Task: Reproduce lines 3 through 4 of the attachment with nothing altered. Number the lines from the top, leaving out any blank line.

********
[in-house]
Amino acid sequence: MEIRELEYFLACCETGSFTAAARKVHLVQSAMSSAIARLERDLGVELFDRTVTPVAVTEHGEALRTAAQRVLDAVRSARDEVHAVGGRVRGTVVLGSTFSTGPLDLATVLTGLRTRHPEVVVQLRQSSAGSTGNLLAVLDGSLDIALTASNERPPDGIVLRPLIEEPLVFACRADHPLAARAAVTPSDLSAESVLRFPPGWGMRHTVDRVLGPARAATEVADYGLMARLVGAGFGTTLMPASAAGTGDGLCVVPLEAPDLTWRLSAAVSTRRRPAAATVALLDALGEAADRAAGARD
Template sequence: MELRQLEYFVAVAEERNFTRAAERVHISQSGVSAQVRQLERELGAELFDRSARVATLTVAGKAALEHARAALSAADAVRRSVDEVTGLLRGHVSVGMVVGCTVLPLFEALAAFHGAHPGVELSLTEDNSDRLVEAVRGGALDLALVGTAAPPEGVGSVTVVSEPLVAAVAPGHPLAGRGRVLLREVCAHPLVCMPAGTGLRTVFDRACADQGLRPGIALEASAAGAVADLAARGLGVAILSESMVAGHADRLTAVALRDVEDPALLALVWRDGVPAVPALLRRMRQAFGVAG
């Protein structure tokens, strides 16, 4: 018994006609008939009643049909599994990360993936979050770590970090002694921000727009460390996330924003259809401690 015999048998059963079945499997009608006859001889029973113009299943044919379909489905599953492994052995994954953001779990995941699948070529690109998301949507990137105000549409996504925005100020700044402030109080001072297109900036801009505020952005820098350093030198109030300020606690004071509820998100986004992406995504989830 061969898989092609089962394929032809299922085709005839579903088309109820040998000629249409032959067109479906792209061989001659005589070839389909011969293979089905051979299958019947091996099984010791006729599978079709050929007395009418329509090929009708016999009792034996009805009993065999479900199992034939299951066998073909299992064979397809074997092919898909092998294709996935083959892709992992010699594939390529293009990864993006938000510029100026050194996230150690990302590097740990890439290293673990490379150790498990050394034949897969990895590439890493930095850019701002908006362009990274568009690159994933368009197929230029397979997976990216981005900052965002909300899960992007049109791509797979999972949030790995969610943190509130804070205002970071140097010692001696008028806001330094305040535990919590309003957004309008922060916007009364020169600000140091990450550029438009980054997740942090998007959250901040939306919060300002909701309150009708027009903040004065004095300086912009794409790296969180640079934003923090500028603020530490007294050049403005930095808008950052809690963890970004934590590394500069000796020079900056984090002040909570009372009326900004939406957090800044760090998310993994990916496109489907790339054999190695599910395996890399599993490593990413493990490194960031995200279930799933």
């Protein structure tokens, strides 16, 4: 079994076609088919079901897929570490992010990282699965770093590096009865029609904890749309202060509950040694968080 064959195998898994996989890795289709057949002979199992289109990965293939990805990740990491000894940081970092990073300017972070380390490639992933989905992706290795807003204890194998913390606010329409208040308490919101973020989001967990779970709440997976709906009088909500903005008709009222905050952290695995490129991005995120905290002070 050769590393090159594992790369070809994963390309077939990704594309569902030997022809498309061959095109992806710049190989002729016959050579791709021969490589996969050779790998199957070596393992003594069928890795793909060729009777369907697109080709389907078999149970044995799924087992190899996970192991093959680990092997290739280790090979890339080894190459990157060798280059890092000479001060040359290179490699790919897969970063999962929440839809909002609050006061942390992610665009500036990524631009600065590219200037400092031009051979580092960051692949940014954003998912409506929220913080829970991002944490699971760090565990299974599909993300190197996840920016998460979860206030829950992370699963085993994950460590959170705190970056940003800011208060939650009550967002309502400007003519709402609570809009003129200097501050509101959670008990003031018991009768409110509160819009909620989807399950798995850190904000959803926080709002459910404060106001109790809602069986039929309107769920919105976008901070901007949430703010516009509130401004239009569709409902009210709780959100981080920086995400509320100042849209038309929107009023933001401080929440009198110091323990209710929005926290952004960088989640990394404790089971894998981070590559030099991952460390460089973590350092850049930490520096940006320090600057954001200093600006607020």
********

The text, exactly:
Template sequence: MELRQLEYFVAVAEERNFTRAAERVHISQSGVSAQVRQLERELGAELFDRSARVATLTVAGKAALEHARAALSAADAVRRSVDEVTGLLRGHVSVGMVVGCTVLPLFEALAAFHGAHPGVELSLTEDNSDRLVEAVRGGALDLALVGTAAPPEGVGSVTVVSEPLVAAVAPGHPLAGRGRVLLREVCAHPLVCMPAGTGLRTVFDRACADQGLRPGIALEASAAGAVADLAARGLGVAILSESMVAGHADRLTAVALRDVEDPALLALVWRDGVPAVPALLRRMRQAFGVAG
């Protein structure tokens, strides 16, 4: 018994006609008939009643049909599994990360993936979050770590970090002694921000727009460390996330924003259809401690 015999048998059963079945499997009608006859001889029973113009299943044919379909489905599953492994052995994954953001779990995941699948070529690109998301949507990137105000549409996504925005100020700044402030109080001072297109900036801009505020952005820098350093030198109030300020606690004071509820998100986004992406995504989830 061969898989092609089962394929032809299922085709005839579903088309109820040998000629249409032959067109479906792209061989001659005589070839389909011969293979089905051979299958019947091996099984010791006729599978079709050929007395009418329509090929009708016999009792034996009805009993065999479900199992034939299951066998073909299992064979397809074997092919898909092998294709996935083959892709992992010699594939390529293009990864993006938000510029100026050194996230150690990302590097740990890439290293673990490379150790498990050394034949897969990895590439890493930095850019701002908006362009990274568009690159994933368009197929230029397979997976990216981005900052965002909300899960992007049109791509797979999972949030790995969610943190509130804070205002970071140097010692001696008028806001330094305040535990919590309003957004309008922060916007009364020169600000140091990450550029438009980054997740942090998007959250901040939306919060300002909701309150009708027009903040004065004095300086912009794409790296969180640079934003923090500028603020530490007294050049403005930095808008950052809690963890970004934590590394500069000796020079900056984090002040909570009372009326900004939406957090800044760090998310993994990916496109489907790339054999190695599910395996890399599993490593990413493990490194960031995200279930799933």